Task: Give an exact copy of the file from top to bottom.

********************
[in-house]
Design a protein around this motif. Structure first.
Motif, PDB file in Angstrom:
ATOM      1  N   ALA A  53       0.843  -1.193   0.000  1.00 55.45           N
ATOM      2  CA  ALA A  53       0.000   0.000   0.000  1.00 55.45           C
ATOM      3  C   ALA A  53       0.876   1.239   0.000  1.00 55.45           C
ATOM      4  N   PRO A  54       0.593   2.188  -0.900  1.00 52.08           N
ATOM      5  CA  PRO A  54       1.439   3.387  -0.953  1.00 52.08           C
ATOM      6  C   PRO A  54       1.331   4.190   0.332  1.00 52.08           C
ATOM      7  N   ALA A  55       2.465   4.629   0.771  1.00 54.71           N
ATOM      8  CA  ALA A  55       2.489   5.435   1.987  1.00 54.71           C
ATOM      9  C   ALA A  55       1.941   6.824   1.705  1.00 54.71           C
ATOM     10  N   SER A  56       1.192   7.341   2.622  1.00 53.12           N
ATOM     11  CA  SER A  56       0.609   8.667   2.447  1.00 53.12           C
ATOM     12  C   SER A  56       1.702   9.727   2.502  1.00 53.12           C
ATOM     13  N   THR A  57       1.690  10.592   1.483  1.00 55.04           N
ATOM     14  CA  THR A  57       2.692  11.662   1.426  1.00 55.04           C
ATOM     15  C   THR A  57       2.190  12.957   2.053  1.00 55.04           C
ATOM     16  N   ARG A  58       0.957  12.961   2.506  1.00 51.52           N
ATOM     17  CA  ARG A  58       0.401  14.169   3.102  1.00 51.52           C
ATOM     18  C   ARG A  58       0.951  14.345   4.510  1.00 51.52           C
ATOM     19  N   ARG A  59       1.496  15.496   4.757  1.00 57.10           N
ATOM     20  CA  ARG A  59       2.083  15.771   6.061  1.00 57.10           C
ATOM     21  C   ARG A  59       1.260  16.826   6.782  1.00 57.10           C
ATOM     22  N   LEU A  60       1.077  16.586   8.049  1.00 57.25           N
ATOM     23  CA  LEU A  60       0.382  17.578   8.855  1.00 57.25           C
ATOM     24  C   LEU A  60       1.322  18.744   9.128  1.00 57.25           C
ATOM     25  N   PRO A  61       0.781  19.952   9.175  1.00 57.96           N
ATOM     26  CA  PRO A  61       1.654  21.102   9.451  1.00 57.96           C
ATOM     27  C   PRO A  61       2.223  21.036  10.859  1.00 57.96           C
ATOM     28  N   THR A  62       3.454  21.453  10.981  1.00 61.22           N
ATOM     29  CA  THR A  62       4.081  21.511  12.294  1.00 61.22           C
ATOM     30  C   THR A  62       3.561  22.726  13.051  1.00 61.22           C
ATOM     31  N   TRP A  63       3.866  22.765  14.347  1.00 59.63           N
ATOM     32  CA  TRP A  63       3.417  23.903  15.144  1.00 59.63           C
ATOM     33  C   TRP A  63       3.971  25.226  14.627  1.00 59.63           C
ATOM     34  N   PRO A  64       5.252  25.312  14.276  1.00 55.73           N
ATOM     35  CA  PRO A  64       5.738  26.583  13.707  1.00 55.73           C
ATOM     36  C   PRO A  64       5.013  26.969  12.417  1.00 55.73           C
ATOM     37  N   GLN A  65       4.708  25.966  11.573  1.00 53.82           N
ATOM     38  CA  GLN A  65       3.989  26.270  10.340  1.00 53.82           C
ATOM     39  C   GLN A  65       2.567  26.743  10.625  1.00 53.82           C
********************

[in-house]
Design a protein around this motif. Structure first.
Motif, PDB file in Angstrom:
ATOM      1  N   ALA A  53       0.843  -1.193   0.000  1.00 55.45           N
ATOM      2  CA  ALA A  53       0.000   0.000   0.000  1.00 55.45           C
ATOM      3  C   ALA A  53       0.876   1.239   0.000  1.00 55.45           C
ATOM      4  N   PRO A  54       0.593   2.188  -0.900  1.00 52.08           N
ATOM      5  CA  PRO A  54       1.439   3.387  -0.953  1.00 52.08           C
ATOM      6  C   PRO A  54       1.331   4.190   0.332  1.00 52.08           C
ATOM      7  N   ALA A  55       2.465   4.629   0.771  1.00 54.71           N
ATOM      8  CA  ALA A  55       2.489   5.435   1.987  1.00 54.71           C
ATOM      9  C   ALA A  55       1.941   6.824   1.705  1.00 54.71           C
ATOM     10  N   SER A  56       1.192   7.341   2.622  1.00 53.12           N
ATOM     11  CA  SER A  56       0.609   8.667   2.447  1.00 53.12           C
ATOM     12  C   SER A  56       1.702   9.727   2.502  1.00 53.12           C
ATOM     13  N   THR A  57       1.690  10.592   1.483  1.00 55.04           N
ATOM     14  CA  THR A  57       2.692  11.662   1.426  1.00 55.04           C
ATOM     15  C   THR A  57       2.190  12.957   2.053  1.00 55.04           C
ATOM     16  N   ARG A  58       0.957  12.961   2.506  1.00 51.52           N
ATOM     17  CA  ARG A  58       0.401  14.169   3.102  1.00 51.52           C
ATOM     18  C   ARG A  58       0.951  14.345   4.510  1.00 51.52           C
ATOM     19  N   ARG A  59       1.496  15.496   4.757  1.00 57.10           N
ATOM     20  CA  ARG A  59       2.083  15.771   6.061  1.00 57.10           C
ATOM     21  C   ARG A  59       1.260  16.826   6.782  1.00 57.10           C
ATOM     22  N   LEU A  60       1.077  16.586   8.049  1.00 57.25           N
ATOM     23  CA  LEU A  60       0.382  17.578   8.855  1.00 57.25           C
ATOM     24  C   LEU A  60       1.322  18.744   9.128  1.00 57.25           C
ATOM     25  N   PRO A  61       0.781  19.952   9.175  1.00 57.96           N
ATOM     26  CA  PRO A  61       1.654  21.102   9.451  1.00 57.96           C
ATOM     27  C   PRO A  61       2.223  21.036  10.859  1.00 57.96           C
ATOM     28  N   THR A  62       3.454  21.453  10.981  1.00 61.22           N
ATOM     29  CA  THR A  62       4.081  21.511  12.294  1.00 61.22           C
ATOM     30  C   THR A  62       3.561  22.726  13.051  1.00 61.22           C
ATOM     31  N   TRP A  63       3.866  22.765  14.347  1.00 59.63           N
ATOM     32  CA  TRP A  63       3.417  23.903  15.144  1.00 59.63           C
ATOM     33  C   TRP A  63       3.971  25.226  14.627  1.00 59.63           C
ATOM     34  N   PRO A  64       5.252  25.312  14.276  1.00 55.73           N
ATOM     35  CA  PRO A  64       5.738  26.583  13.707  1.00 55.73           C
ATOM     36  C   PRO A  64       5.013  26.969  12.417  1.00 55.73           C
ATOM     37  N   GLN A  65       4.708  25.966  11.573  1.00 53.82           N
ATOM     38  CA  GLN A  65       3.989  26.270  10.340  1.00 53.82           C
ATOM     39  C   GLN A  65       2.567  26.743  10.625  1.00 53.82           C